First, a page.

I wish more runners would read this article and take your advice. I know many people who LOVE running but are finding its grinding them down physically of which they attribute to aging rather than over use/misuse and postural alignment issues- among other things.

Although running isn’t my jam, using the YTU therapy balls has extended the life of the activities that I take on and have been instrumental in rehab of my shoulders. Although aging isn’t optional, quality of life and movement are. Thank you Laurie!


I have been running for fun for the past 4 years now and I have been followed by a rolfer on a regular basis… Gee I wish I would have known about the magic of the Plus Balls a little earlier!!! My rolfer was the only one who could really dig deep enough to access and release my tight psoas to help me out through my races… This year I beat my time with happy psoas 🙂 even though I had no appointment with him but simply did a self treatment with the balls prior to my race…. I would… Read more »

C. Chiu

YES! Though I do believe that a soft foam roller is a good introduction to self massage, the Yoga Tune Up Therapy Balls are more efficient at “digging in” to trigger points. Sometimes we just need a big rolling pin to ease us in.


Incorporating the YTU balls regularly can help stop minor aches and pain from turning into a larger, more cumbersome problem. Treating common areas that are stressed in running such as the peroneals, IT bands, and tissues in the feet runners can continue to train regularly without being slowed down by sticky tissues. Great info!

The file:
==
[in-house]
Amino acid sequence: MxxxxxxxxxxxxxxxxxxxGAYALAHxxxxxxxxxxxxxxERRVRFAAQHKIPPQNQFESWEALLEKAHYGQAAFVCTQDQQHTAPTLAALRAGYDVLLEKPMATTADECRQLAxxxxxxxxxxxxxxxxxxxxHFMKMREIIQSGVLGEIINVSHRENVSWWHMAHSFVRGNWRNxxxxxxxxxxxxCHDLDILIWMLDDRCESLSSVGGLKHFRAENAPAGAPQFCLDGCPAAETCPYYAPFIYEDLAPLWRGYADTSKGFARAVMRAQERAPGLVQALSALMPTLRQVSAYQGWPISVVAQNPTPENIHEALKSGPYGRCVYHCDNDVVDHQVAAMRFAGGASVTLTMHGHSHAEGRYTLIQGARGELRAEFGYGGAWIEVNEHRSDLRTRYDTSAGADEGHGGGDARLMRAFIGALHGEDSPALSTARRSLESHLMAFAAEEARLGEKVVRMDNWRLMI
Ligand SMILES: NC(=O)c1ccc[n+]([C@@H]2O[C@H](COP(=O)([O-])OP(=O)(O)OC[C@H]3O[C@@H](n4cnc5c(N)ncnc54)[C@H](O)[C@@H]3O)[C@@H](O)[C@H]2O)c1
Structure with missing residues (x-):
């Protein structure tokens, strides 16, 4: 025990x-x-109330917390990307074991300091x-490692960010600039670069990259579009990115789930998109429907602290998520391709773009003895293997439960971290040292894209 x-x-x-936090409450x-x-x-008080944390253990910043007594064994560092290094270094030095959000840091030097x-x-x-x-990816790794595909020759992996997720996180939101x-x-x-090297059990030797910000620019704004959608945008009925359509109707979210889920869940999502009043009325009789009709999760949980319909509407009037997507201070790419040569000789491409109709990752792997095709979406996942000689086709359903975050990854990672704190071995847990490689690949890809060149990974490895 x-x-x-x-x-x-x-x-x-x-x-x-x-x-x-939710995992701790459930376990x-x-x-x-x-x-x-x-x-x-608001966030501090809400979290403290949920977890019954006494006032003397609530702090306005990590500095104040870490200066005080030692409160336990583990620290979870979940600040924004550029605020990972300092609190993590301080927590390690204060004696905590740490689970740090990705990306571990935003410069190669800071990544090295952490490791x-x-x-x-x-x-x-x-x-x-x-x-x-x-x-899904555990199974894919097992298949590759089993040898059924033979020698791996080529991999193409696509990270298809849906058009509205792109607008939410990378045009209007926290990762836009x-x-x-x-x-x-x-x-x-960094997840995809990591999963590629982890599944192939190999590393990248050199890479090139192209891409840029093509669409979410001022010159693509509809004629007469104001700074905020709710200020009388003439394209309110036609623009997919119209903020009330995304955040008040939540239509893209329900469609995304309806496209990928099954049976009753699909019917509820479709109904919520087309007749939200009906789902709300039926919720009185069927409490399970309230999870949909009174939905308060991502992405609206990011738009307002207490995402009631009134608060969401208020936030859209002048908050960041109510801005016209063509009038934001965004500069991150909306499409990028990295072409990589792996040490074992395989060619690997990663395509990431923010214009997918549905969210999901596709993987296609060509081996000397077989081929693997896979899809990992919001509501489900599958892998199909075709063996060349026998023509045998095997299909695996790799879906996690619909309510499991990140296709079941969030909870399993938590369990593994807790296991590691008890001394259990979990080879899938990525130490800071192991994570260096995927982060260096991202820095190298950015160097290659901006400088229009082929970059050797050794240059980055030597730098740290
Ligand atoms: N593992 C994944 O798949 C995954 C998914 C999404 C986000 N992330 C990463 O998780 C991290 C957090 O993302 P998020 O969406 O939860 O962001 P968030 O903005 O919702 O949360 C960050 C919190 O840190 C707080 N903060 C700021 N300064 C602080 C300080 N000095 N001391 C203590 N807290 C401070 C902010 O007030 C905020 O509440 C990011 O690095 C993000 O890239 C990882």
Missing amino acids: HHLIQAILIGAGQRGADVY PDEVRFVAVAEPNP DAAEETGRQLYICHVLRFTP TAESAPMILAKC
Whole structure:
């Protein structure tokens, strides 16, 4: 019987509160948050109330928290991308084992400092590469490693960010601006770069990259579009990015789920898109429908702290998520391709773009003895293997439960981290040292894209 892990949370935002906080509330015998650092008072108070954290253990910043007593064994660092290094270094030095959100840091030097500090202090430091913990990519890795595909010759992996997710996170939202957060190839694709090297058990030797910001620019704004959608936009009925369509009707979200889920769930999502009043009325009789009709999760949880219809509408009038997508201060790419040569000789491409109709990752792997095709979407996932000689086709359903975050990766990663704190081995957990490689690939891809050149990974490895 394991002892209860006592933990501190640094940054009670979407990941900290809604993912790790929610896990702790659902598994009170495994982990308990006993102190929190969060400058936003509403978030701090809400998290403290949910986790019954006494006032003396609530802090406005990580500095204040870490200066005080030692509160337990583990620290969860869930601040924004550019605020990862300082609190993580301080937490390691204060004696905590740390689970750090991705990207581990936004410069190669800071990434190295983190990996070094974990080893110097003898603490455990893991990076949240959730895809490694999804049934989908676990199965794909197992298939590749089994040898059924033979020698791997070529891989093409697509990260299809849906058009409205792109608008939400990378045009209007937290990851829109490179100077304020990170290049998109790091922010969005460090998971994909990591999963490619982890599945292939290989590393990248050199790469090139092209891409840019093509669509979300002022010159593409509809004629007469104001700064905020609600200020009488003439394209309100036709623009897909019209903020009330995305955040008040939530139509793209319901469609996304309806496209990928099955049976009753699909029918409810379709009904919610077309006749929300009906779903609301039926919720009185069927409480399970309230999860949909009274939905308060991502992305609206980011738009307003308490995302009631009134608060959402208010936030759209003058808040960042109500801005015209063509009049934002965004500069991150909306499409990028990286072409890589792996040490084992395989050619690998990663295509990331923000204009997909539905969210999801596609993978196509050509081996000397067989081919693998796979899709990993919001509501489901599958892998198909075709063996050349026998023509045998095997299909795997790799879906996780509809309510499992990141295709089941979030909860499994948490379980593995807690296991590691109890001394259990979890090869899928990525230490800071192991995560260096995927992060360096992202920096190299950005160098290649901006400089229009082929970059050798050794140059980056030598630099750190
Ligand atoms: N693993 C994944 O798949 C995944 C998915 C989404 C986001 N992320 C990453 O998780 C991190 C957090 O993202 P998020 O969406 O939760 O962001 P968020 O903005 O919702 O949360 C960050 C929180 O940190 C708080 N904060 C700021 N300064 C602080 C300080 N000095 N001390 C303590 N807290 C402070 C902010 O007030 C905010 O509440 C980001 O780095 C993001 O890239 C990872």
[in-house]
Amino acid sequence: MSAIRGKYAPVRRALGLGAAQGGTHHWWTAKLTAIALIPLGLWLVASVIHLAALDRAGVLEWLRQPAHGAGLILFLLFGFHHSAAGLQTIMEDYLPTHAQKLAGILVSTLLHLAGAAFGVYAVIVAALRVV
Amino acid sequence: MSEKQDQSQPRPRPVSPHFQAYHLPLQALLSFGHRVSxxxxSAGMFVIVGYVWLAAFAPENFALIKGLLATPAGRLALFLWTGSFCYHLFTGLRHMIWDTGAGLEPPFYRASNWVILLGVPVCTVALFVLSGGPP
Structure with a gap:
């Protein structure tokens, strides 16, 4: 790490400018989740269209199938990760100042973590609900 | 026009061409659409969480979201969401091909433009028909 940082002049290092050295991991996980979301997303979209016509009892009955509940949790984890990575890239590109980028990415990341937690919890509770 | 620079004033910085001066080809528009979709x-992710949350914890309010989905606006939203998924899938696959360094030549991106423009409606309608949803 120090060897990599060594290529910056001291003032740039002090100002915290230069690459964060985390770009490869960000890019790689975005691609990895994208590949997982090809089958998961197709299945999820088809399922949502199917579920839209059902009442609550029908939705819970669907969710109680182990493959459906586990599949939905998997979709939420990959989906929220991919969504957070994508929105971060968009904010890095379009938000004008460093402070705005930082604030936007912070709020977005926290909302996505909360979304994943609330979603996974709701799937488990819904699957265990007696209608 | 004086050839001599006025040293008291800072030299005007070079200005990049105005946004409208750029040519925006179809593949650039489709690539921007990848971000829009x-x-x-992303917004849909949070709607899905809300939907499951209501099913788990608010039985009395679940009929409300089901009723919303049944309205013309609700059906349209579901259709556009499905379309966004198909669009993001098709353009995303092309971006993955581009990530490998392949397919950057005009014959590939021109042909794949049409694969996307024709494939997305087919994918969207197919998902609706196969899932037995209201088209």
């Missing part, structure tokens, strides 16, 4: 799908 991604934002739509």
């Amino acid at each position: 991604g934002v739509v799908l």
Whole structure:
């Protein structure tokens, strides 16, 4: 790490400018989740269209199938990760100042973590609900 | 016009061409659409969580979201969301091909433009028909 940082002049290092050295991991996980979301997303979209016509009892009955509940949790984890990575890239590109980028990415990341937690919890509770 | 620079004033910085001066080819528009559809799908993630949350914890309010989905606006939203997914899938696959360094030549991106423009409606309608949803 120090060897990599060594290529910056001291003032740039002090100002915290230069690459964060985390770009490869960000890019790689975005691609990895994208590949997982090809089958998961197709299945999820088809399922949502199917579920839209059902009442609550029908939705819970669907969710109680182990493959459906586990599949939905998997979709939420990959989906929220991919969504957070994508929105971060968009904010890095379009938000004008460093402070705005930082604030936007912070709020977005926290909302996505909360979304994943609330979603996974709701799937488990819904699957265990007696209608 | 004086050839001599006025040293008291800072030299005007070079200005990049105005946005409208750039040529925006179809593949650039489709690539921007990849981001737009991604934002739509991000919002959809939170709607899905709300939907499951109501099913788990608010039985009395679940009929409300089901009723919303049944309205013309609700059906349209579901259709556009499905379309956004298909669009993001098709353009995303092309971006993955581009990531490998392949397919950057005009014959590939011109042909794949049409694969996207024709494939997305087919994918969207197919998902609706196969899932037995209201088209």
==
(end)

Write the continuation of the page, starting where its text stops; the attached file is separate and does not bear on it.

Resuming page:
Do you have any good suggestions for knee pain from quad tightness? I’m about to begin my first marathon training and this is one of the things I’m most concerned about.


I incorporated a lot of YTU therapy ball rolling exercises while transitioning to minimal shoes, and i should talk i’m impressed by the progress. I find rolling out the sole of the feet especially helpful.

Melissa Williams

I love this article. I am a personal trainer and yoga teacher and a lot of my students and clients are runners that I feel could benefit from the YTU balls. I’m going to send this to like 5 people right now. Thanks!

Max Bayuk

As a runner who had let many of his overused muscles shorten to the point of severely diminished ROM, my muscles certainly were not “primed” to stretch when I began my attempts to reverse the damage I’d done. I didn’t understand what, anatomically, was happening at the time, but trying to stretch my knotted, matted down muscles was painful and didn’t seem to leave any lasting impact. I now realize that was because the sticky, bunched up fascia and other connective tissue would pull the muscles right back to their shortened position. But once I began complementing my stretching with… Read more »

Aotea Yoga

Thanks for this, another thought-provoking piece. I so appreciate your viewpoint.